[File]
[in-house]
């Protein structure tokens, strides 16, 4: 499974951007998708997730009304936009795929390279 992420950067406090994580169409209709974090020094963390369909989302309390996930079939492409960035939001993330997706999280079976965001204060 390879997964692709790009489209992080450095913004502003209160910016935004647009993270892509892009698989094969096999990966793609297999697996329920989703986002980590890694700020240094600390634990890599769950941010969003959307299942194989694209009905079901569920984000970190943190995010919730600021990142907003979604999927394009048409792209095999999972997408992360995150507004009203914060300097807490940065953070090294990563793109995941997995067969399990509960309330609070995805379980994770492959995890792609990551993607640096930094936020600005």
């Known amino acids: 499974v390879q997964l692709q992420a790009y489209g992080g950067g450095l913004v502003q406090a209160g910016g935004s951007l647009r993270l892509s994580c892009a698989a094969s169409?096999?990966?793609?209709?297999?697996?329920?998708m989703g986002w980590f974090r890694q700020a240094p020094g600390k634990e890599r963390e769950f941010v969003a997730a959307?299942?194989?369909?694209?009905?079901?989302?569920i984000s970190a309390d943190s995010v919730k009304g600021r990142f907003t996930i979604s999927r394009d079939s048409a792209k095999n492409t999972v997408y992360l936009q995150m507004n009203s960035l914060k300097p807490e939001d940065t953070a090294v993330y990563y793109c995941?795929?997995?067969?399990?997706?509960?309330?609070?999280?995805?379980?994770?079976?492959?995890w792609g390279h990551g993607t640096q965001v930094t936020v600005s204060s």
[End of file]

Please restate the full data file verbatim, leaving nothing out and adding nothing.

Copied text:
[in-house]
């Protein structure tokens, strides 16, 4: 499974951007998708997730009304936009795929390279 992420950067406090994580169409209709974090020094963390369909989302309390996930079939492409960035939001993330997706999280079976965001204060 390879997964692709790009489209992080450095913004502003209160910016935004647009993270892509892009698989094969096999990966793609297999697996329920989703986002980590890694700020240094600390634990890599769950941010969003959307299942194989694209009905079901569920984000970190943190995010919730600021990142907003979604999927394009048409792209095999999972997408992360995150507004009203914060300097807490940065953070090294990563793109995941997995067969399990509960309330609070995805379980994770492959995890792609990551993607640096930094936020600005």
């Known amino acids: 499974v390879q997964l692709q992420a790009y489209g992080g950067g450095l913004v502003q406090a209160g910016g935004s951007l647009r993270l892509s994580c892009a698989a094969s169409?096999?990966?793609?209709?297999?697996?329920?998708m989703g986002w980590f974090r890694q700020a240094p020094g600390k634990e890599r963390e769950f941010v969003a997730a959307?299942?194989?369909?694209?009905?079901?989302?569920i984000s970190a309390d943190s995010v919730k009304g600021r990142f907003t996930i979604s999927r394009d079939s048409a792209k095999n492409t999972v997408y992360l936009q995150m507004n009203s960035l914060k300097p807490e939001d940065t953070a090294v993330y990563y793109c995941?795929?997995?067969?399990?997706?509960?309330?609070?999280?995805?379980?994770?079976?492959?995890w792609g390279h990551g993607t640096q965001v930094t936020v600005s204060s």